Adam's Fallacy: A Guide to Economic Theology is as fascinating as the title would suggest. American Professor Duncan Foley gives a broadbrush account of the economics thinkers that have contributed to some of the most influential theories in the political economy. To any reader interested in how theories have developed or what famous terms such as the 'invisible hand' really mean, this book is a must for you.

Foley believes that Smith, in his 1776 classic The Wealth of Nations, commits a fallacy in believing that self interest when interacting with markets in the capitalist economic system creates a more desirable moral system as members of the economy are forced to, as a result, develop an interest and regard for others. There are a number of good reasons why Smith would believe this: property rights for example provide a springboard to self-interest economically speaking (such as owning business premises) whilst engendering a sense of regard for others (only functions if everyone respects each others business premises). Foley, a vehement opponent of this position, gives a good reason why this has proved not to be the case: capitalism has caused widespread socio-economic inequalities, hardly a symptom of care for others and a charitable society.

Foley goes on to give concise, clear and at times quite breathtaking reviews of some of the greatest economist-philosophers of all time. At times it is quite bizarre just how he manages to fit in and explain so clearly several concepts in the space of just a few pages. He begins with Adam Smith, the focal point of the book, before systematically moving onto Malthus, Ricardo, Marx, Veblen and finally Keynes, with other more peripheral contributors in between such as Joseph Schumpeter and Vilfredo Pareto. What Foley does so well here is to pick out what is really important to know; providing the reader with a comprehensive understanding of each scholar with just the right amount of depth to keeping things both highly informative and very readable. For Smith for instance, Foley goes into great depths on the Division of Labour and Value Theory but less so on his theory of International Trade, as that aspect of Smith is complicated and not necessary to understand his general position and contribution to economics.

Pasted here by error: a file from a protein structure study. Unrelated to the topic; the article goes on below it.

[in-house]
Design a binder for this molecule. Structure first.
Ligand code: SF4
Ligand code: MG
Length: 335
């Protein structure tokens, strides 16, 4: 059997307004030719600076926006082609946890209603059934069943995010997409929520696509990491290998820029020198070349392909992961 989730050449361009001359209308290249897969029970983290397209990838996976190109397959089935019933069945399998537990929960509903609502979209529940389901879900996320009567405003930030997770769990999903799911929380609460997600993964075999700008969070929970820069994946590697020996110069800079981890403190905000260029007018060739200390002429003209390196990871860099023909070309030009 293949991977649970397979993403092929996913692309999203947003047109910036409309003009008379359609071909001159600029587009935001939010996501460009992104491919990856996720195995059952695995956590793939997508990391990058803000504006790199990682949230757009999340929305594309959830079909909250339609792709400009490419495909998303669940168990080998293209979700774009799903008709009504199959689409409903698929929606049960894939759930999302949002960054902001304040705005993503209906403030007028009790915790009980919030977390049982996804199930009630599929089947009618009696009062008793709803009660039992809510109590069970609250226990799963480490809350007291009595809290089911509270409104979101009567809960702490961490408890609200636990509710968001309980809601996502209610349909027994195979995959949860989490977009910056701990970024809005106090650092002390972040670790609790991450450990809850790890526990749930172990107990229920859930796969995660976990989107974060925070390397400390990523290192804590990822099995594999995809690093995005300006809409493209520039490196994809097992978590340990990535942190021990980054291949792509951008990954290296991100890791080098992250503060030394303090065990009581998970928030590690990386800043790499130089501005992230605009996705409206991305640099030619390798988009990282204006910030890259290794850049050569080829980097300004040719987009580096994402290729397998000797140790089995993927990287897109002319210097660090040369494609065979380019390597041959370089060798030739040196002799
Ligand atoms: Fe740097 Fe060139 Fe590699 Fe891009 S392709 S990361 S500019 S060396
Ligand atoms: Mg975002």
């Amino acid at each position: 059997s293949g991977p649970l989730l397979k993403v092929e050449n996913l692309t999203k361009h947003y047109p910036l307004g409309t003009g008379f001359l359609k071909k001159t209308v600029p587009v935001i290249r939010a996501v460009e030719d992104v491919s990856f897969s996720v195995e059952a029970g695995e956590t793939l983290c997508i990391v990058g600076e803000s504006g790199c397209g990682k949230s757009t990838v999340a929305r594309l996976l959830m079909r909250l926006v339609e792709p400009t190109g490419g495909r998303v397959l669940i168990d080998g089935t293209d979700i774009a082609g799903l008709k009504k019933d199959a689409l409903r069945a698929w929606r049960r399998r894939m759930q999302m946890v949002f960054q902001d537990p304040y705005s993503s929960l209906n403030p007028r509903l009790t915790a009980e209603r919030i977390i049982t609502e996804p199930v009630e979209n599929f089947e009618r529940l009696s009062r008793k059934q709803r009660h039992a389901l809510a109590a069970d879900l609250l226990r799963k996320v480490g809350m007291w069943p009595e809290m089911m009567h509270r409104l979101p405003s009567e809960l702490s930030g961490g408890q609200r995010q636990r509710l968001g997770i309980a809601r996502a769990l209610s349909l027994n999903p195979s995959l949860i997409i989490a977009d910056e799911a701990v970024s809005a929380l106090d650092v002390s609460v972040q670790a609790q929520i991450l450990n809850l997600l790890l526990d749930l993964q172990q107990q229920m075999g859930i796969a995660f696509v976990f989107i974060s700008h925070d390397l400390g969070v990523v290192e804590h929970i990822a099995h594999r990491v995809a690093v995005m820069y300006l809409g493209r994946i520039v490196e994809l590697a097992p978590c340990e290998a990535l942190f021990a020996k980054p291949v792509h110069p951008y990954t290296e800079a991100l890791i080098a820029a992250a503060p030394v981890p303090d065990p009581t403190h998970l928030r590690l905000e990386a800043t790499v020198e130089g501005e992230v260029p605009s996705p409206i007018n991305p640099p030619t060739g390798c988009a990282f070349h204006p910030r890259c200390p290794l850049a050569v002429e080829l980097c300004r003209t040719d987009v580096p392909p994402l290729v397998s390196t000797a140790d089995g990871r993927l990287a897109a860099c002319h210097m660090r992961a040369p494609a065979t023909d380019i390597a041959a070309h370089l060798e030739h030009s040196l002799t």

One minor quibble is that Foley fails to provide any damning textual evidence for Smith actually committing 'Adam's Fallacy.' This is a problem given that this concept features not only in the title but is referred to throughout the book. Foley defers to other academics to bring out direct textual references, but to be convinced that Smith makes this fallacy I would have liked to have seen it here. Nonetheless, this is exactly the kind of book that will be enjoyed by anyone interested in economic ideas and I wholeheartedly recommend it.
Help other customers find the most helpful reviews 
Was this review helpful to you? Yes No


Most Helpful First | Newest First

This product

Adam's Fallacy: A Guide to Economic Theology
Adam's Fallacy: A Guide to Economic Theology by Duncan K Foley (Paperback - 6 May 2008)
16.95
In stock
Add to basket Add to wishlist
Only search this product's reviews